Haiti and Photography


General Culture, General Photography

From what I read and hear from people there seems to be a steadily growing discontent with the coverage of the Haiti earthquake. If I tried to assemble a list of links it would probably be incomplete, here are just two articles I came across that struck me as noteworthy (no doubt there are many more). Haiti coverage: ‘Disaster porn’? is a collection of links plus short summaries itself. More to the point of photography, Does Haiti’s Crisis Call for a New Photojournalism? is a very interesting piece by Michael David Murphy.

(updated below)

I can’t pretend I’ve come to some sort of final conclusion about this all. Just like everybody else I’m shocked by the sheer number or people killed and injured by the Haiti earthquake. I remember once it dawned on me what really happened, once I realized how bad it really was, I was trying to get more information, and I started looking at whatever I could find, including Anderson Cooper’s coverage. What struck me about many of the reports I found was that they basically left me in the state of helpless suspension I had found myself in, in particular Cooper’s coverage (which I stopped following after a couple of days).

On the one hand, it was able to appreciate to hear someone voice on TV the same things that I was thinking, on the other hand, seeing more and more of it left me just where I was, and it reinforced the feeling of not being able to help - besides donating money. And even donating money somehow did not feel as if it is enough: It’s such a huge disaster that many people already died or will still die even though so many organizations are there to help.

Maybe part of the reason why some people feel so strongly that what they’re seeing is “disaster porn” is because they reached the point where their frustration about being held in an unbearable state made them lash out. Other people might just stop watching or looking, because there literally is only so much you can take.

Of course, there is no simple solution to all of this. And of course, compared with what the people in Haiti have to go through right now, having to deal with being unable to help more is really just minor. But I’ve never thought that pointing out that some people have bigger problems is a particular constructive way to approach something.

Here’s the thing, Haiti will not be fine again tomorrow or the day after. Beyond tending to all the victims right now, it will require a major effort, probably for many years, to repair the damage and to help the country back on its feet. And for that the people of Haiti need our collective commitment beyond these initial weeks. Will they get it? Will people be willing to donate money so that schools can be (re)built? So that anti-poverty programs can be started?

I think there are actually two aspects of this whole complex, which are tied together. There is what happened right after the quake, and there is what will happen later. I think the role of the media is not just to deal with the former, but also with the latter, even during the very first days of such a disaster. For example, blowing reports of “looting” out of proportion clearly doesn’t help, does it? Why did we have to read about “security problems” in the very first few days after the earthquake - as if Haiti was just another place like downtown Baghdad? What kind of message did that send? About us and how we view the world?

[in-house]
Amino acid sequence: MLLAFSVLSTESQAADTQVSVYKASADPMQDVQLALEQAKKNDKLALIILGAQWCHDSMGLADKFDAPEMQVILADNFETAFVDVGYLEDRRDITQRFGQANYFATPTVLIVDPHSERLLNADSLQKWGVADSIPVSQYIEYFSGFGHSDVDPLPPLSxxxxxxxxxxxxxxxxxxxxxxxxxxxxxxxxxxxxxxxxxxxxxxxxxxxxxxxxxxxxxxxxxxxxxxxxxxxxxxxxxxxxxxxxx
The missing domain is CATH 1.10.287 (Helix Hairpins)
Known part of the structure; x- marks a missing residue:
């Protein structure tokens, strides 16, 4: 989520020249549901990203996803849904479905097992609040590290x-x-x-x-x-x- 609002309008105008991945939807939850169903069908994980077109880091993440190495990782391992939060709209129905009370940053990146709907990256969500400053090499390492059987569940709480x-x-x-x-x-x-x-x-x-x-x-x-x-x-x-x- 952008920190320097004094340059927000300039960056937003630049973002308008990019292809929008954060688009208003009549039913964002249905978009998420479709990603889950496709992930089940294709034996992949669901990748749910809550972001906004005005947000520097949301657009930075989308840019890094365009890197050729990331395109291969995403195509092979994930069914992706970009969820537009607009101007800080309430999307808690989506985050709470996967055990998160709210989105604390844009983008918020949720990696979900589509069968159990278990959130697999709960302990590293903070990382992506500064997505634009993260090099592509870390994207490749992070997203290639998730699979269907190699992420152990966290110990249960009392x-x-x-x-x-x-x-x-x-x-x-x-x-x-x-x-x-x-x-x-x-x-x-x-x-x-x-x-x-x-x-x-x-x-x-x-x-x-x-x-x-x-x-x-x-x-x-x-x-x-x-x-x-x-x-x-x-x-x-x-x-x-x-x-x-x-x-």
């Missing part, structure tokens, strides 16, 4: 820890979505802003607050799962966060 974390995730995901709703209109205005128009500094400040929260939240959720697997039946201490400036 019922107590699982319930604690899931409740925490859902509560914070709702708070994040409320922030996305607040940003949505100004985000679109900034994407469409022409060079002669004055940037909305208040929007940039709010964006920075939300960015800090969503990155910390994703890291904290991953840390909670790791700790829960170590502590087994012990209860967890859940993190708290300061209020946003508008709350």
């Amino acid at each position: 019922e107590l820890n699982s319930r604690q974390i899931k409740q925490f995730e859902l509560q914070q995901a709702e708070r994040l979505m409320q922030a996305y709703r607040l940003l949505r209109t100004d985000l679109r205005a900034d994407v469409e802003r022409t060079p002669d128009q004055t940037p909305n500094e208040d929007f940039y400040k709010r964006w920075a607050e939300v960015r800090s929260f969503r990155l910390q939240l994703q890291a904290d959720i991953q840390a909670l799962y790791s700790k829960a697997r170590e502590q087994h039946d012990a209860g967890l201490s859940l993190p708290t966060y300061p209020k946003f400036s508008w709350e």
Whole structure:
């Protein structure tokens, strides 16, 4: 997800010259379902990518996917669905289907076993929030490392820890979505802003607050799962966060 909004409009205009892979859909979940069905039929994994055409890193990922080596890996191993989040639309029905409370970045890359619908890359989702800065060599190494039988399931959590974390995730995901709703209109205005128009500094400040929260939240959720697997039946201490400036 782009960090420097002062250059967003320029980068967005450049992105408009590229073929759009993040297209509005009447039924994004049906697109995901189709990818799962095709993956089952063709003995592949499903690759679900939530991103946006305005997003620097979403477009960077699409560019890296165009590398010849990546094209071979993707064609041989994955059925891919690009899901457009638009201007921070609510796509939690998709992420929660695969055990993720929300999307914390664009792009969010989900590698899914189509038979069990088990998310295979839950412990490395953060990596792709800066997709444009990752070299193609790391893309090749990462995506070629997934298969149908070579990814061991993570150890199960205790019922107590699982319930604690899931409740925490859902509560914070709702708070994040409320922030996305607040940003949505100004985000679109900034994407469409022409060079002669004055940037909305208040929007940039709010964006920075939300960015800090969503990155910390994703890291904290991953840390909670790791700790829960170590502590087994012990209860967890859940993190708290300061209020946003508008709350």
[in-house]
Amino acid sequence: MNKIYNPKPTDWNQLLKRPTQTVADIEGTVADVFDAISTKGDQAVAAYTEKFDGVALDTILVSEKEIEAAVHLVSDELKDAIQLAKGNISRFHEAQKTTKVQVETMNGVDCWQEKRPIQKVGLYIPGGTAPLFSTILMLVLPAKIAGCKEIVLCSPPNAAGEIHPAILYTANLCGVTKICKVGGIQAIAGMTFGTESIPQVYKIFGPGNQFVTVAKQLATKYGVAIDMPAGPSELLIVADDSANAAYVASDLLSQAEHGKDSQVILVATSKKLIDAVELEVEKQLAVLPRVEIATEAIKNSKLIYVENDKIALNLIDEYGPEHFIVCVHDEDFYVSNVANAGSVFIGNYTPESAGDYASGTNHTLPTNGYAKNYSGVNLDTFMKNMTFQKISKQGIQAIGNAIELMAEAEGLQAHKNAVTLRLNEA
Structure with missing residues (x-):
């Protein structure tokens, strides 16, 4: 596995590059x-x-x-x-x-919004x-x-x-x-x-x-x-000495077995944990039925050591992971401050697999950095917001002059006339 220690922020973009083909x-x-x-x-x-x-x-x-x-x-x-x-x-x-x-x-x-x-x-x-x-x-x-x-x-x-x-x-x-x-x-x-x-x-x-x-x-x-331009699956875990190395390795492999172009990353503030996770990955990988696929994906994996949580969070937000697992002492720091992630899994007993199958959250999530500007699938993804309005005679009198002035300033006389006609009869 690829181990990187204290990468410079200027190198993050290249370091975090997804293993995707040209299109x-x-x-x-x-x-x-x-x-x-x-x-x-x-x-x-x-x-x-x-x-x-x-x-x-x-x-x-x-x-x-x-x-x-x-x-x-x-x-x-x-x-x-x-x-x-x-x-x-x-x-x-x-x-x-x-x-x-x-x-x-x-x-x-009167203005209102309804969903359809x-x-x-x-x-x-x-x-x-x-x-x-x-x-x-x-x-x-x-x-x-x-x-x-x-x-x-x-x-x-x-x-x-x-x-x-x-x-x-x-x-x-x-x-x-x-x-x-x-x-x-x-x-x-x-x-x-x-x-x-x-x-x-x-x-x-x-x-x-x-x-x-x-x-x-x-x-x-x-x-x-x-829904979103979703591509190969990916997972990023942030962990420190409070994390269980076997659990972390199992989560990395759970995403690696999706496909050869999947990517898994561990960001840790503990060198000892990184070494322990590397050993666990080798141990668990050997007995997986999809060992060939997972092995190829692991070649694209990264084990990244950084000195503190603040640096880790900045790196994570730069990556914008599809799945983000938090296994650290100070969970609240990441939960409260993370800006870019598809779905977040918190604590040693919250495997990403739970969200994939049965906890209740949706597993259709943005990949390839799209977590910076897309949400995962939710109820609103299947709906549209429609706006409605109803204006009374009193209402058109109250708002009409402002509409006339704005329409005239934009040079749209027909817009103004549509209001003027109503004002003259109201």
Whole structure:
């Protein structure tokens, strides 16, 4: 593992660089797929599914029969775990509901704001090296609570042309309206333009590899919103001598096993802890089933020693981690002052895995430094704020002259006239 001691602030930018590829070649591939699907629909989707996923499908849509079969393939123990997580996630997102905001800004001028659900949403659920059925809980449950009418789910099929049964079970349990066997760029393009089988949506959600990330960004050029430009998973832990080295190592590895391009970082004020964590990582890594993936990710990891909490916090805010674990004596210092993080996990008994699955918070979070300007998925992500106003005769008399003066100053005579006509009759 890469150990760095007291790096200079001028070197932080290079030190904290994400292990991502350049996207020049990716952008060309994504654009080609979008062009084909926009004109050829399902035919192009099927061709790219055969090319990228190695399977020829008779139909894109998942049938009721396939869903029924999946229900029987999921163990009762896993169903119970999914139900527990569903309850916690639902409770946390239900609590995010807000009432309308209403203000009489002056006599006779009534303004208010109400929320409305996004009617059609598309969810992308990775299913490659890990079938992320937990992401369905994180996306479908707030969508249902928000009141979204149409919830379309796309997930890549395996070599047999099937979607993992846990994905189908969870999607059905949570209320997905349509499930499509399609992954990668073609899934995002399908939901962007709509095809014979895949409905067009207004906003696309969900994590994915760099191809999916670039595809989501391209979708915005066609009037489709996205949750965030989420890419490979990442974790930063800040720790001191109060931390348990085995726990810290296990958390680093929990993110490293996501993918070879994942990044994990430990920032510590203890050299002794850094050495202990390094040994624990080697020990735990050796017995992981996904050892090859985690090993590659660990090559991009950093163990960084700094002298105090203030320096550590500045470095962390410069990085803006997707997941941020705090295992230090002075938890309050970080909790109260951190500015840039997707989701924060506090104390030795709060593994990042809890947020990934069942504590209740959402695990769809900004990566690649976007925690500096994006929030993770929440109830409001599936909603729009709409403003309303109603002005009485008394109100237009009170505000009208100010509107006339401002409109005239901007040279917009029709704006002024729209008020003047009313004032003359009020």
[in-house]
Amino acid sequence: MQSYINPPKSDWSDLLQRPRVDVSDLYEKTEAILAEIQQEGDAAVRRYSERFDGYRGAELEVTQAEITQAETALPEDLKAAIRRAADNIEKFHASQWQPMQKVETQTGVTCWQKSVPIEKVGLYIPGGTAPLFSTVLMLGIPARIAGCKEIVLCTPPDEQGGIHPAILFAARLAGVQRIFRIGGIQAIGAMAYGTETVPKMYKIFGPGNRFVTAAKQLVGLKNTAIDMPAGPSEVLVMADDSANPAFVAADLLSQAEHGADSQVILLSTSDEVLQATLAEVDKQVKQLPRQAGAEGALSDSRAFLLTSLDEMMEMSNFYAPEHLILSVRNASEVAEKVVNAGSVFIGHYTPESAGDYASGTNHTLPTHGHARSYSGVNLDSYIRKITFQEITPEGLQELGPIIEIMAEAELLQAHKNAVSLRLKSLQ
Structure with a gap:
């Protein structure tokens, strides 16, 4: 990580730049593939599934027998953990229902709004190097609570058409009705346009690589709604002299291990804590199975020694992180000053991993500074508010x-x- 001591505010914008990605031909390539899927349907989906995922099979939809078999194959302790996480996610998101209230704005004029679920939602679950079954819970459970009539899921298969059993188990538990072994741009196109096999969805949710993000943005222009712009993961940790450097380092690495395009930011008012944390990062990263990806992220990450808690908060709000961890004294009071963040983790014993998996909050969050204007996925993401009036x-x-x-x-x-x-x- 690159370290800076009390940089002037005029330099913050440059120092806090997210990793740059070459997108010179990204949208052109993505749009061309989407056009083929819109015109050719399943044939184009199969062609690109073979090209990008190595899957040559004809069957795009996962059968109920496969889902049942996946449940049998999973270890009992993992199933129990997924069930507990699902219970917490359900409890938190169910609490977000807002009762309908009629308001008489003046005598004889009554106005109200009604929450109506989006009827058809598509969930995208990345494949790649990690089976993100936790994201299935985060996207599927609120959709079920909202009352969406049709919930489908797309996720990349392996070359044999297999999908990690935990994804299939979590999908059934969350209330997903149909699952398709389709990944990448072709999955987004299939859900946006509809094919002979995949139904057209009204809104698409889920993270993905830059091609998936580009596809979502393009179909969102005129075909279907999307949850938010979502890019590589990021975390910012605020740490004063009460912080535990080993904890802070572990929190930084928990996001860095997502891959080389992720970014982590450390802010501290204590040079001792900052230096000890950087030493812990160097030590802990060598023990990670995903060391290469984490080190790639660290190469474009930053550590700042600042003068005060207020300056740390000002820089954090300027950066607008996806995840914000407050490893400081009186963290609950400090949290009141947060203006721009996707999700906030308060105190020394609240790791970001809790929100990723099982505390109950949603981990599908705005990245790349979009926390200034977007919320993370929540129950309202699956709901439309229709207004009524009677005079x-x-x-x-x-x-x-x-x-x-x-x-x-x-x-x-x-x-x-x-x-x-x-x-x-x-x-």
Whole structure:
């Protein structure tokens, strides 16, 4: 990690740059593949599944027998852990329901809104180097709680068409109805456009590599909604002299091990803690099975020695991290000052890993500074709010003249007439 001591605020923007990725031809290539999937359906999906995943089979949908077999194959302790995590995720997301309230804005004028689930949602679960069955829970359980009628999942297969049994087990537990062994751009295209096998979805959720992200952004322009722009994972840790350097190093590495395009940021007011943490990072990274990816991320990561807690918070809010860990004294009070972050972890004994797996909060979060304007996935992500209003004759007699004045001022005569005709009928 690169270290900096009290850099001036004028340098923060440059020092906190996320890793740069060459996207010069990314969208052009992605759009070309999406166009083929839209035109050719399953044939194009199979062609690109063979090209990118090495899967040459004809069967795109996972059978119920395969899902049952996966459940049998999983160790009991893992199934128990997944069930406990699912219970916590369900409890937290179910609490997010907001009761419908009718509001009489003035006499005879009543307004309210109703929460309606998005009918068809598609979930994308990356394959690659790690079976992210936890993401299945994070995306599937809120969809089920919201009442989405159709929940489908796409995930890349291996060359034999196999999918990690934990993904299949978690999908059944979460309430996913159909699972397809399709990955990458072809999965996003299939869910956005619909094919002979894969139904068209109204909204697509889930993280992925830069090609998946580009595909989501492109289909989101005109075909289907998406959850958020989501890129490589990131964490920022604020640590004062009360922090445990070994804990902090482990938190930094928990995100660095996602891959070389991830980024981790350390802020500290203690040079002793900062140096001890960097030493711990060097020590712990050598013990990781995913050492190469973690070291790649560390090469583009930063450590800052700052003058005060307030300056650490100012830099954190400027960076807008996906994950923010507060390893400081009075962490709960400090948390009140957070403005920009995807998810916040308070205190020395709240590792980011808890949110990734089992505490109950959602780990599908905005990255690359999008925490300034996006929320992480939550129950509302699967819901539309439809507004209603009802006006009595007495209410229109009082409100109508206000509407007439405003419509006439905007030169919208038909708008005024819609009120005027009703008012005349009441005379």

Coming to photography, I’ll admit that I’ve felt a bit guilty about thinking that a lot of the photography coming out of Haiti has been, well… Michael’s piece makes a very strong argument that a lot of cliches have been used. I agree, you might not.

You could argue that it’s easy for me or Michael to complain about cliches, given that we’re not in Haiti. But that’s as useful an argument as pointing out that some people have bigger problems: It’s really just designed to prevent having a discussion.

Of course, the images we see have a lot to do with the environment photojournalism operates in - and with the fact that we all, let’s face it, are always looking for that one iconic image that will just (conveniently!) summarize everything. The one image that will stand for the story in the future, just like the Migrant Mother is the image of the Great Depression, the Russian soldiers raising the Soviet flag over the Reichstag is the image for the end of WWII in Berlin, the fleeing burned Vietnamese child is the image of the Vietnam war, etc.

So maybe it’s not really just the photographers’ faults after all. Maybe it’s us demanding images that we can easily parse, images that essentially express our ideas of the Haiti earthquake? I mean you can’t blame the photographers for shooting images for the front pages of the very newspapers and magazines that our money will buy: With our wallets we are making decisions about the selections of images, aren’t we?

In the past, I posted a critique of the visual language of photojournalism, and maybe it’s time to look at things from the other end. I suppose this would be a good topic for a future post…

PS: My apologies to all the stories that I didn’t link to that addressed something I talked about here. I have been reading a lot, but unfortunately, I didn’t bookmark anything. I’m happy to add links to the above if you drop me a note.

Update (28 January 2010): Some stories relevant in this context: Holly Hughes’ The Problem with Pooling Haiti Coverage; Are Haiti pictures too graphic?; Pete argues that Haitian photographer Daniel Morel is the most credible on site.